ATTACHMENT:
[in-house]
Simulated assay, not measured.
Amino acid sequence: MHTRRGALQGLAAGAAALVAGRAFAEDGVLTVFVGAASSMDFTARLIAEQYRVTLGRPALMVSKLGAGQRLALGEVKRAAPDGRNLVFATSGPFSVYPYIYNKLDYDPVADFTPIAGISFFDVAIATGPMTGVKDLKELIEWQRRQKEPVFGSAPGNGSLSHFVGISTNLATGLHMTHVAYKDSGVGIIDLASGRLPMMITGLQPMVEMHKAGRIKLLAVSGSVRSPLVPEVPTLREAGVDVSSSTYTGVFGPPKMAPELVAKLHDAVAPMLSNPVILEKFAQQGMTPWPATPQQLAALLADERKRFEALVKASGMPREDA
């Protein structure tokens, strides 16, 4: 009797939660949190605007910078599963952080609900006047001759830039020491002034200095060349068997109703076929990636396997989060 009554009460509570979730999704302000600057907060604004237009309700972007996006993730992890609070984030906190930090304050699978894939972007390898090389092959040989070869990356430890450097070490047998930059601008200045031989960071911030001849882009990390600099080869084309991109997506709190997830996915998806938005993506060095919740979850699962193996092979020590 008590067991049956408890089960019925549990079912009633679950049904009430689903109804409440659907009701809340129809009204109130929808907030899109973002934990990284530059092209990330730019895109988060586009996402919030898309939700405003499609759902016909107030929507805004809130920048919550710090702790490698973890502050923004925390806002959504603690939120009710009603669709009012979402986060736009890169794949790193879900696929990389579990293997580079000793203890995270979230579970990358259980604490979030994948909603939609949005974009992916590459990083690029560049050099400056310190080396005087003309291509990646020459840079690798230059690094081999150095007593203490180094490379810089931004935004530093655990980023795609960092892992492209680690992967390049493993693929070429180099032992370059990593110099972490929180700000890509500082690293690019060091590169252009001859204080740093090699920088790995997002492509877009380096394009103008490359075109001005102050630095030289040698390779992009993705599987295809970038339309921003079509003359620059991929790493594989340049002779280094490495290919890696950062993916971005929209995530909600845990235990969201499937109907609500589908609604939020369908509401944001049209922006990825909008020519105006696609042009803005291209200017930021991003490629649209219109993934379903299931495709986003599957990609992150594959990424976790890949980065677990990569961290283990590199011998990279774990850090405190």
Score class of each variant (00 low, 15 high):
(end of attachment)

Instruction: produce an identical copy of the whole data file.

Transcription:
[in-house]
Simulated assay, not measured.
Amino acid sequence: MHTRRGALQGLAAGAAALVAGRAFAEDGVLTVFVGAASSMDFTARLIAEQYRVTLGRPALMVSKLGAGQRLALGEVKRAAPDGRNLVFATSGPFSVYPYIYNKLDYDPVADFTPIAGISFFDVAIATGPMTGVKDLKELIEWQRRQKEPVFGSAPGNGSLSHFVGISTNLATGLHMTHVAYKDSGVGIIDLASGRLPMMITGLQPMVEMHKAGRIKLLAVSGSVRSPLVPEVPTLREAGVDVSSSTYTGVFGPPKMAPELVAKLHDAVAPMLSNPVILEKFAQQGMTPWPATPQQLAALLADERKRFEALVKASGMPREDA
């Protein structure tokens, strides 16, 4: 009797939660949190605007910078599963952080609900006047001759830039020491002034200095060349068997109703076929990636396997989060 009554009460509570979730999704302000600057907060604004237009309700972007996006993730992890609070984030906190930090304050699978894939972007390898090389092959040989070869990356430890450097070490047998930059601008200045031989960071911030001849882009990390600099080869084309991109997506709190997830996915998806938005993506060095919740979850699962193996092979020590 008590067991049956408890089960019925549990079912009633679950049904009430689903109804409440659907009701809340129809009204109130929808907030899109973002934990990284530059092209990330730019895109988060586009996402919030898309939700405003499609759902016909107030929507805004809130920048919550710090702790490698973890502050923004925390806002959504603690939120009710009603669709009012979402986060736009890169794949790193879900696929990389579990293997580079000793203890995270979230579970990358259980604490979030994948909603939609949005974009992916590459990083690029560049050099400056310190080396005087003309291509990646020459840079690798230059690094081999150095007593203490180094490379810089931004935004530093655990980023795609960092892992492209680690992967390049493993693929070429180099032992370059990593110099972490929180700000890509500082690293690019060091590169252009001859204080740093090699920088790995997002492509877009380096394009103008490359075109001005102050630095030289040698390779992009993705599987295809970038339309921003079509003359620059991929790493594989340049002779280094490495290919890696950062993916971005929209995530909600845990235990969201499937109907609500589908609604939020369908509401944001049209922006990825909008020519105006696609042009803005291209200017930021991003490629649209219109993934379903299931495709986003599957990609992150594959990424976790890949980065677990990569961290283990590199011998990279774990850090405190």
Score class of each variant (00 low, 15 high):